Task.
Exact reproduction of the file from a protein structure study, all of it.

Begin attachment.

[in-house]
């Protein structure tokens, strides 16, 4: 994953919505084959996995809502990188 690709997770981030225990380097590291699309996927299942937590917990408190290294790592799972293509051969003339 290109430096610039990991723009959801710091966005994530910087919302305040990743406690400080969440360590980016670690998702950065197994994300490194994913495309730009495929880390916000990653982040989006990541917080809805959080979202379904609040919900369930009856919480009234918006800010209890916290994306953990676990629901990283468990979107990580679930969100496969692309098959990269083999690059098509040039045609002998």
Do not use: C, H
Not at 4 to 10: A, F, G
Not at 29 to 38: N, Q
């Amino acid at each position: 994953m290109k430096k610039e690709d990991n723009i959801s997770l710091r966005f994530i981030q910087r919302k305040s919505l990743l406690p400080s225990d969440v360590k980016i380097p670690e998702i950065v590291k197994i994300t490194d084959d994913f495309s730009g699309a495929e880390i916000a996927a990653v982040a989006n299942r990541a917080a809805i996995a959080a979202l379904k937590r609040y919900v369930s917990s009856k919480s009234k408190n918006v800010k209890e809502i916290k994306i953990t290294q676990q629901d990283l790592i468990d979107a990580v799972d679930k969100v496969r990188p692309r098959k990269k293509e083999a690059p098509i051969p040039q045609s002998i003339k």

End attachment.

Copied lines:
[in-house]
């Protein structure tokens, strides 16, 4: 994953919505084959996995809502990188 690709997770981030225990380097590291699309996927299942937590917990408190290294790592799972293509051969003339 290109430096610039990991723009959801710091966005994530910087919302305040990743406690400080969440360590980016670690998702950065197994994300490194994913495309730009495929880390916000990653982040989006990541917080809805959080979202379904609040919900369930009856919480009234918006800010209890916290994306953990676990629901990283468990979107990580679930969100496969692309098959990269083999690059098509040039045609002998």
Do not use: C, H
Not at 4 to 10: A, F, G
Not at 29 to 38: N, Q
């Amino acid at each position: 994953m290109k430096k610039e690709d990991n723009i959801s997770l710091r966005f994530i981030q910087r919302k305040s919505l990743l406690p400080s225990d969440v360590k980016i380097p670690e998702i950065v590291k197994i994300t490194d084959d994913f495309s730009g699309a495929e880390i916000a996927a990653v982040a989006n299942r990541a917080a809805i996995a959080a979202l379904k937590r609040y919900v369930s917990s009856k919480s009234k408190n918006v800010k209890e809502i916290k994306i953990t290294q676990q629901d990283l790592i468990d979107a990580v799972d679930k969100v496969r990188p692309r098959k990269k293509e083999a690059p098509i051969p040039q045609s002998i003339k």